Following a five-day visit to Jamaica in November to see first-hand the extraordinary work of joint efforts by the government, partners and communities to end AIDS, UNAIDS Executive Director Winnie Byanyima said she observed “strong political commitment and country ownership in Jamaica’s response to HIV,” according to UNAIDS Caribbean on Nov. 15.
“I also witnessed the active contribution and engagement of civil society and communities living with or affected by HIV,” Byanyima said. “Your dedication and commitment give me hope that Jamaica and the wider Caribbean region can end AIDS.
“However, there are barriers to overcome, these include addressing inequalities, eliminating stigma and discrimination, ending punitive laws which harm the AIDS response, and eliminating gender inequalities, including gender-based violence,” she added.
In all of her engagements with senior government officials, civil society and international development partners, the UN AIDS Executive Director said she shared four vital recommendations to overcome inequalities and ensure a sustainable response to HIV.
They comprised getting the data right—and using the evidence to ensure access to HIV services for everyone who needs those services, free of stigma and discrimination; improving governance and coordination for a truly multisectoral and multidisciplinary HIV response; ending gender-based violence – and especially sexual violence; and increasing fiscal space and efficiently investing in what works.
Byanyima said more investment is needed to end persistent structural barriers and develop anti-discrimination legislation.
“Social contracting schemes need to be implemented with civil society, which will be transformational in delivering community-level services,” she said. “Health systems must be strengthened to deliver people-centered services more efficiently and more cost-effectively, which is also crucial for pandemic preparedness.
As the Executive Director of UNAIDS, Byanyima said her commitment is to intensify and expand support from 11 cosponsors to end AIDS in Jamaica and across the Caribbean.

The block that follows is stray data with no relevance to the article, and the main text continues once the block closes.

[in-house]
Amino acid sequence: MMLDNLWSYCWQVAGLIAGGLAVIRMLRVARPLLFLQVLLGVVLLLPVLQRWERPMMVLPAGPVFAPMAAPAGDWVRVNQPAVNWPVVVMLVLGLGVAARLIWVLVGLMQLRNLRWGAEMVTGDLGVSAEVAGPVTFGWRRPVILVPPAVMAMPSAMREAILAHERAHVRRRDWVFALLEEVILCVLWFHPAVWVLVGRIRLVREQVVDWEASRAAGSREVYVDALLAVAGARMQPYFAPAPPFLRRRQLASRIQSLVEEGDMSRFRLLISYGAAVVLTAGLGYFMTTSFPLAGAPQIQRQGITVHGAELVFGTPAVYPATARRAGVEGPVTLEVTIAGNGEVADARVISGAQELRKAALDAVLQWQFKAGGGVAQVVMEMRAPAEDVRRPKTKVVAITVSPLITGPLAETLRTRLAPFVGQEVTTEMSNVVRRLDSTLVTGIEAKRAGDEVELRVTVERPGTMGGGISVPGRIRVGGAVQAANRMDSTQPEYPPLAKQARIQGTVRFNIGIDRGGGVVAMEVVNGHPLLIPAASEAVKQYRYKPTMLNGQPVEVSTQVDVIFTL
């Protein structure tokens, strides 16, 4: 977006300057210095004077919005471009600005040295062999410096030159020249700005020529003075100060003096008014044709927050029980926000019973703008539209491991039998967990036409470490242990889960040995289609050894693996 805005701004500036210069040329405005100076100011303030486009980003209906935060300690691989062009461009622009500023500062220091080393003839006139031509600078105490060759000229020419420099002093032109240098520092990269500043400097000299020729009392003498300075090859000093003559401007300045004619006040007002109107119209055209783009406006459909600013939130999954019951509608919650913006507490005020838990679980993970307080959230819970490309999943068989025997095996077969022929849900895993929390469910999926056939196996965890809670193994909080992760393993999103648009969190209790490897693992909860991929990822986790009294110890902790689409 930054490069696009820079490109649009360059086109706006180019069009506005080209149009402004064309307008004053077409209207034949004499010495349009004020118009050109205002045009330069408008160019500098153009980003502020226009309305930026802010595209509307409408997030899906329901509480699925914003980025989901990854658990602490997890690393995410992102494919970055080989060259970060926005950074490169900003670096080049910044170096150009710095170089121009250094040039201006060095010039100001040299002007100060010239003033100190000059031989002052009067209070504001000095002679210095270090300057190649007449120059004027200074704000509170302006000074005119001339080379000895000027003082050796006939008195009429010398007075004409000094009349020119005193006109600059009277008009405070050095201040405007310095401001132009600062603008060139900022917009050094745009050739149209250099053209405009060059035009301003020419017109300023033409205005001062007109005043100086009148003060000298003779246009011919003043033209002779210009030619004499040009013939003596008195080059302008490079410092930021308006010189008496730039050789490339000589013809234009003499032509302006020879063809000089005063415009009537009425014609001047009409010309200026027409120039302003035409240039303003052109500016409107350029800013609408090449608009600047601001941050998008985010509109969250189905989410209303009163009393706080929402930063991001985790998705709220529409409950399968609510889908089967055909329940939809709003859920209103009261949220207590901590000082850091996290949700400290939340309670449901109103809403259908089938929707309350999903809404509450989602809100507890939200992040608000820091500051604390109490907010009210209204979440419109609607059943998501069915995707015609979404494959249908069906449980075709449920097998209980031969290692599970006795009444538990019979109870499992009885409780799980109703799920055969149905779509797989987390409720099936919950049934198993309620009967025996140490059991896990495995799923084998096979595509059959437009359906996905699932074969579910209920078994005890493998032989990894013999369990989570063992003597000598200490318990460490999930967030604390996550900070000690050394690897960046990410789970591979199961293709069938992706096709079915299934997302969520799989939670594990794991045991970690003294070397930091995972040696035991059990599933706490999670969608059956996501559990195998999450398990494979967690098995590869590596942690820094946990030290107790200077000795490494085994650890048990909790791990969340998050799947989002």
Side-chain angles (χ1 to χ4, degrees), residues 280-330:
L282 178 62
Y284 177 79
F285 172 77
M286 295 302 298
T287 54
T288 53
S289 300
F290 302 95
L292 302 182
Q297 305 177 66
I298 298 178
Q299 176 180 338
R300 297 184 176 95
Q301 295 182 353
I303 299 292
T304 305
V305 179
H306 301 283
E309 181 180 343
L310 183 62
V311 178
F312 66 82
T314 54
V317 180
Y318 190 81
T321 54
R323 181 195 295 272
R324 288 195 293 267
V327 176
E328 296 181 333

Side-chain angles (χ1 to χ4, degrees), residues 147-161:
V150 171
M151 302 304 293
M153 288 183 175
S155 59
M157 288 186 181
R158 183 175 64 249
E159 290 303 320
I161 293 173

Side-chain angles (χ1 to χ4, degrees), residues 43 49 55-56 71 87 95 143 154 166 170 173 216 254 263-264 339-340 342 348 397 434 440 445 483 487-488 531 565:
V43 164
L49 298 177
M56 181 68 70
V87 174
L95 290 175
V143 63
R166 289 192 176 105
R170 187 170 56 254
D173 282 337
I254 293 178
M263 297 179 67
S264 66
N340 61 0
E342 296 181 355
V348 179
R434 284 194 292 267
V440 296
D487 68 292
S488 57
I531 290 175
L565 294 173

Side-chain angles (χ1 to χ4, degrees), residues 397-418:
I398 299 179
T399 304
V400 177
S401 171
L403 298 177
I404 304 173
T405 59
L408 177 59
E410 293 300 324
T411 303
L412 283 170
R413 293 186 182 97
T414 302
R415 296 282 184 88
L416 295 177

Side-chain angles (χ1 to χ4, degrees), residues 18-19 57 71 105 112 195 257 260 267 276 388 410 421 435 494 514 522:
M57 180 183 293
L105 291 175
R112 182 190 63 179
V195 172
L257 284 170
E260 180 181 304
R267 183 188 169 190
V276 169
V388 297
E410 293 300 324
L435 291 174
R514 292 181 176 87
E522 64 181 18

In supporting efforts to increase access to HIV prevention and treatment services and in ensuring an enabling environment where people feel safe in accessing those services, she said UNAIDS will support efforts to integrate HIV into other health services, especially at the primary health care level, without compromising the quality of HIV services being delivered.
She said UNAIDS further commits to strengthening partnerships with stakeholders in the region and ensuring effective coordination of our efforts.
In addition, Byanyima said UNAIDS will work with the President’s Emergency Program for AIDS Relief (PEPFAR), the Global Fund to Fight AIDS, TB and Malaria, and the Pan-American Health Organization (PAHO) to strengthen data systems and ensure a response, “which is evidence based and which reaches the people most in need. UNAIDS will also continue to work with partners to mobilize resources to support Jamaica’s efforts to fight HIV.
“Jamaica is making progress. But I know Jamaica can move faster and reach the 15 000 people living with HIV, including over 300 children, who are currently not accessing HIV treatment,” she said. “We only be able to end the HIV pandemic, or, indeed, any other pandemic, when human rights are respected and when everyone is supported in accessing the health and social services they need.”
According to Wikipedia, the free online encyclopedia, the Caribbean is the second-most affected region in the world in terms of HIV prevalence rates.[